To the editor:
It is amazing that Steve Sebelius’ memory or research ability is so failing. In his Sunday Review-Journal column (“We demand the truth!”), he deems it necessary to find the truth about the war in Iraq. Had Mr. Sebelius searched his memory or attempted a simple search of the Internet, he would have found the investigation he decries has in fact occurred and is published.
In June 2003, four months after the U.S. and its allies invaded Iraq, a Senate investigation began. In July 2004, the Senate Report on Iraqi Weapons of Mass Destruction Intelligence was released. In May 2007, portions of phase two were released. Nine Republican and eight Democratic senators conducted the investigation.
The vice chairman of the Senate Select Committee on Intelligence, Sen. Jay Rockefeller D-W.Va., stated in a press release for the published report, “While the report highlights many of the problems with the intelligence and criticizes the Bush Administration for its handling of the lead-up to the war and its reasons for doing so, the report also supports in many cases that claims made by the Bush Administration about Iraq’s Weapons of Mass Destruction programs were generally substantiated by the intelligence.”
What Mr. Sebelius demands was in fact initiated and published several years ago. To Mr. Sebelius’ comment on the deaths of American soldiers, heroes all, here are some facts he should ponder, considering his stance on gun control: Between 2003 and 2011, 4,265 people were murdered in the city of Chicago, and 7,672 people were murdered in the city of New York. Even Mr. Sebelius is aware these two cities have the some of the strictest gun laws in the land
To quote Col. Jessup, “You can’t handle the truth!”
NORTH LAS VEGAS
To the editor:
Kudos to Steve Sebelius for his Sunday column (“We demand the truth!”), exposing the hypocrisy and lunacy that is the current Republican Party. It’s amazing to me that sending more than 4,000 Americans to their grave and tens of thousands to a life filled with the challenges of physical and mental disabilities gave them absolutely no consternation. However, the unfortunate deaths of our ambassador and others in Benghazi rate higher to them than Christ dying on the cross.
Of course, this shouldn’t surprise anyone. These are the same people who decided that mob rule was appropriate when they held the financial stability of the U.S. and the world hostage for a government shutdown, because they wanted to revoke a law that they themselves voted for just four years ago.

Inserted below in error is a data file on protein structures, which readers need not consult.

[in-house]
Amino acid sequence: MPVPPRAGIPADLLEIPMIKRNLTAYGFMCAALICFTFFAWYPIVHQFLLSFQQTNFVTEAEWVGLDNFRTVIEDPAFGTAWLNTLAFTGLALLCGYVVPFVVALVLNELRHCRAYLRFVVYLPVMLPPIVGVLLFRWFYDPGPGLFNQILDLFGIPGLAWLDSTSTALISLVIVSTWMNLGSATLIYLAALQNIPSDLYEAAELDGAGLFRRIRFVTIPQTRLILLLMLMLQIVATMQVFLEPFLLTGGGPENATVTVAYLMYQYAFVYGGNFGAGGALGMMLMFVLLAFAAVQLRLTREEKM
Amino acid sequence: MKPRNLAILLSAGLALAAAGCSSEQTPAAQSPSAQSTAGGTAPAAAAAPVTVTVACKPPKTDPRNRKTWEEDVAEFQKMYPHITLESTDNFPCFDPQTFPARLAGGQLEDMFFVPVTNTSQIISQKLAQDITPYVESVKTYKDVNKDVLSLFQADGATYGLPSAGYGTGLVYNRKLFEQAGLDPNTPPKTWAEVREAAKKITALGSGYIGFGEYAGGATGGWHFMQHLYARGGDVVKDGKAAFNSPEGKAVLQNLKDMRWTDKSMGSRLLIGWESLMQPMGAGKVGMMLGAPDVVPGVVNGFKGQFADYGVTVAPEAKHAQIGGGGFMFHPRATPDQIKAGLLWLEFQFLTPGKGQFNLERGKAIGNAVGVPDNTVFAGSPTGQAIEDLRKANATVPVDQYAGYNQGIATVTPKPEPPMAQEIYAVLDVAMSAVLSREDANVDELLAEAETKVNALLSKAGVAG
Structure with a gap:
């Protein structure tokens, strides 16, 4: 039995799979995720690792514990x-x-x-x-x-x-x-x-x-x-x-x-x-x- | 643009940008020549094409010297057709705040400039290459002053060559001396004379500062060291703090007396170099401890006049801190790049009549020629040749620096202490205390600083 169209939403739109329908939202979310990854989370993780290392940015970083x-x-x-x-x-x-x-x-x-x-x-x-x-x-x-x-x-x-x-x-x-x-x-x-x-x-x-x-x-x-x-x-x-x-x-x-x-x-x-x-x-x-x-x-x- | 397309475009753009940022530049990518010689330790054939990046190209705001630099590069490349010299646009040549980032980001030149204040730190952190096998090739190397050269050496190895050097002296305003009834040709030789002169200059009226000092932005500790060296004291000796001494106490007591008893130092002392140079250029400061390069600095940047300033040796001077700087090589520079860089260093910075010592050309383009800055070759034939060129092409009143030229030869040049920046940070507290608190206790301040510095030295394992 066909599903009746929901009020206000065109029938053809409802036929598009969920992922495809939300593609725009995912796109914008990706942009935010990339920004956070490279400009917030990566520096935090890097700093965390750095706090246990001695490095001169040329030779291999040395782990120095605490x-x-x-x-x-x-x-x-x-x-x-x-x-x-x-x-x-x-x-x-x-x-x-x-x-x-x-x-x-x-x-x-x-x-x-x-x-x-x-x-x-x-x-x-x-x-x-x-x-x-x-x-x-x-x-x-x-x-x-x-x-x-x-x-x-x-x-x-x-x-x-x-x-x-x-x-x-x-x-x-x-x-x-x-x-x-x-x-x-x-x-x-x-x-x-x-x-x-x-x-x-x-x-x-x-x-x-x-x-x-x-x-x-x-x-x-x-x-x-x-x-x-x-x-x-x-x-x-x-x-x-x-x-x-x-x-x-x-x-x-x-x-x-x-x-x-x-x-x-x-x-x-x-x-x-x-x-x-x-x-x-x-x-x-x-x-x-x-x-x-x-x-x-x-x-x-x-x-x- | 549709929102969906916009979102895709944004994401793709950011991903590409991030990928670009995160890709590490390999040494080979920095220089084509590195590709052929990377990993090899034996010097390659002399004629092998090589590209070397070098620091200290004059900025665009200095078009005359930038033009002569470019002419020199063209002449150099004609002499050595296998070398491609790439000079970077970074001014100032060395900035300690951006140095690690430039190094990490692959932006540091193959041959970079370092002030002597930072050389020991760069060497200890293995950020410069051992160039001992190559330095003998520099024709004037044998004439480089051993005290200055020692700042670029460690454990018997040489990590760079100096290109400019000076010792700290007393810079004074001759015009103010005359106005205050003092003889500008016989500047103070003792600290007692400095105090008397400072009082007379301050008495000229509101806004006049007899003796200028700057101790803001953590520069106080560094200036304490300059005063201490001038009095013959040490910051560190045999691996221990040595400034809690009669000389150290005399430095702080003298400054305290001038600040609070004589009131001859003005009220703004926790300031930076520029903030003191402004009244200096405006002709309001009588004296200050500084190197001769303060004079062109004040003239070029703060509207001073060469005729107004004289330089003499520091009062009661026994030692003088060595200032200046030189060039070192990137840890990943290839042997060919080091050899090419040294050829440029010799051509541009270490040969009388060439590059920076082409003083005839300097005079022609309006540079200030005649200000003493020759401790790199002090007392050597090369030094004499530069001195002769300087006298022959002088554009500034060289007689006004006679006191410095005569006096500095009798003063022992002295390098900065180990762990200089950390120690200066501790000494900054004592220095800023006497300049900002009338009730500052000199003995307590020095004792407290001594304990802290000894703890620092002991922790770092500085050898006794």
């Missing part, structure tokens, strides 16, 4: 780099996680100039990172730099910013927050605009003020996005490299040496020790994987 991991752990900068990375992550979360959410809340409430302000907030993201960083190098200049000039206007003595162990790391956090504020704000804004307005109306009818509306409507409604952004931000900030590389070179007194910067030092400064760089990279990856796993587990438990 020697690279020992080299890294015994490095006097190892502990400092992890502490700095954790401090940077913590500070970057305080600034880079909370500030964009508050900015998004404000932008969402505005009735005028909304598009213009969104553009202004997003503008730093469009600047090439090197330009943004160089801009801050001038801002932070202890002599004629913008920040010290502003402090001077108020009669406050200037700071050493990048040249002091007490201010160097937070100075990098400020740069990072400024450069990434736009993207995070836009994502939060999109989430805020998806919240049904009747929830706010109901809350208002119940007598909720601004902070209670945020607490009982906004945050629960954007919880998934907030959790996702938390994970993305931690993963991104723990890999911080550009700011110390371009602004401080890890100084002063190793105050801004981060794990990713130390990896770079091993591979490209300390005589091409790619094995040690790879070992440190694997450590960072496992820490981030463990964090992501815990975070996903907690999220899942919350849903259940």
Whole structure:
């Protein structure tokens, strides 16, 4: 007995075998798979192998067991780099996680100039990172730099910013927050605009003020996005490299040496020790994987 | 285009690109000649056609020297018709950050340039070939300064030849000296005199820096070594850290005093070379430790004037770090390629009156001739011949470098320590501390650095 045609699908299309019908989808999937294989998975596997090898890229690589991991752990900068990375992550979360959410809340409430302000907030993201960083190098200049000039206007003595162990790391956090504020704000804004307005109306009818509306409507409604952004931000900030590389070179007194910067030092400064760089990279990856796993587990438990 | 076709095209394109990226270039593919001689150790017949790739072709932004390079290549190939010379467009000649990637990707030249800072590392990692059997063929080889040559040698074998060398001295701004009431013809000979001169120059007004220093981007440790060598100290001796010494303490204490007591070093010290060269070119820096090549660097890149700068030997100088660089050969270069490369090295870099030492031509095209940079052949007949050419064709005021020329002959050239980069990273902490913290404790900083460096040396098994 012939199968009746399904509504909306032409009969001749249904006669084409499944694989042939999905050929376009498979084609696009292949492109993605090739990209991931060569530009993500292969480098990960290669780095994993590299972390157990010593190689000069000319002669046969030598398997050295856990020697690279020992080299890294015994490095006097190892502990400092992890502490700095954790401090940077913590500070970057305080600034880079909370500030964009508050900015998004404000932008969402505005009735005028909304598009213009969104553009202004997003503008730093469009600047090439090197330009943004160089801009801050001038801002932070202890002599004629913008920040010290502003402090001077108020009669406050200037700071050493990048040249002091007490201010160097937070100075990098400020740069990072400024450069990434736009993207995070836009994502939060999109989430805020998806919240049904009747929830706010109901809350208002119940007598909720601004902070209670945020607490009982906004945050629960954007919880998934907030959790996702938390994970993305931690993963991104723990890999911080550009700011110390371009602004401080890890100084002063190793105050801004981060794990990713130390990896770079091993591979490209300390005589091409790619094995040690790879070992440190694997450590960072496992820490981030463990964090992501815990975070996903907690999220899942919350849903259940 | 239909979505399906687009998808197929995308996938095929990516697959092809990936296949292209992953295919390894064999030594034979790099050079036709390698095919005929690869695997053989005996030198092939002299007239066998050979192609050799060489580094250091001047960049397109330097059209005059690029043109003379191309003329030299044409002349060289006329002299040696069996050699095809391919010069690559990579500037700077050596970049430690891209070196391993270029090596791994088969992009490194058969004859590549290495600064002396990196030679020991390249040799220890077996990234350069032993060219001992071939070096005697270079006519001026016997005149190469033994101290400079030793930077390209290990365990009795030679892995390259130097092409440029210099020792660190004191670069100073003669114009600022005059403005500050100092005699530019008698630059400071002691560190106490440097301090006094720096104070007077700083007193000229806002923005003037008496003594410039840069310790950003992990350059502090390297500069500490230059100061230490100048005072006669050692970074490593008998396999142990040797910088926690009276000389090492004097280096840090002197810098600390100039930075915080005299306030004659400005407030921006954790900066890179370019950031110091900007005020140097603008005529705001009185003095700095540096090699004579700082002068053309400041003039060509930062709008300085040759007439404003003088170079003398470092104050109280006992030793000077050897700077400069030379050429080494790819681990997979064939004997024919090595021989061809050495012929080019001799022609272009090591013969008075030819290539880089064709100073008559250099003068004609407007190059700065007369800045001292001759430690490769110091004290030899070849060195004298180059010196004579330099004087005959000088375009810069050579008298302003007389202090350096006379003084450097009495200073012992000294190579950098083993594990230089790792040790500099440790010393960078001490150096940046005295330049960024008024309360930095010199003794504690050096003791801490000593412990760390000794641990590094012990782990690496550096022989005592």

Keep up the good work, Mr. Sebelius. You are a refreshing change of pace from the constant hatred and whining tirades published each week by Glenn Cook and Sherman Frederick in the same newspaper section.
To the editor:
OK, let me see if I’ve got this straight. A police officer tells you to stop and put both hands where the officer can see them. At that moment, you can run, jump in or out of a car, run in or out of a house, put up only one hand, keep both hands in your pockets, put one hand behind your back, keep something in one hand, run at the officer, or actually put up both hands, as ordered.
The police officer, on the other hand, is only allowed to draw his weapon and use it to protect himself if a citizen is firing a weapon at him, or charging at him with a knife.
Police officers aren’t super beings. They’re human, just like us. We all have to make split-second decisions. The only difference is that ours probably won’t cost us our job or our life. Let’s all keep this in mind the next time we hear about an issue involving our police. After all, they’re out there to protect us and enforce the law. We don’t have the right to be Monday morning quarterbacks.
Dismal health care
To the editor:
Christmas came early to Fox News and the rest of President Barack Obama’s critics.
A dismal Affordable Care Act debut and the president’s misleading descriptions (intentional or not) of what Obamacare actually entails have added plenty of fuel to the fire. There is outrage galore, and much of it is deserved.
I just find it interesting that so many of those outraged about Obamacare never expressed any outrage that the United States, the richest country in the history of the world, ranks a pathetic 37th globally in the quality of its health care system.
They never expressed outrage that the U.S. spends twice the percentage of its GDP on health care as most other industrialized countries, and at the same time, unlike virtually every other industrialized country, allows millions of its citizens to go without health insurance.
They never expressed outrage that, in this country each year, hundreds of thousands of Americans who saved wisely and spent prudently go bankrupt because someone in the family got sick. Or that insurance companies have been allowed to callously deny coverage to those who need it most. Or that families with very sick children have been notified by their insurance companies that they have reached their lifetime benefits limits by the time their child turned 5 or 6 years old.
A crummy health care website is indeed unfortunate, and there’s no excuse for it. But it will be fixed. And in the great scheme of things, it’s not nearly as outrageous as all of the other glaring outrages that have been an inherent part of the American health care system for decades.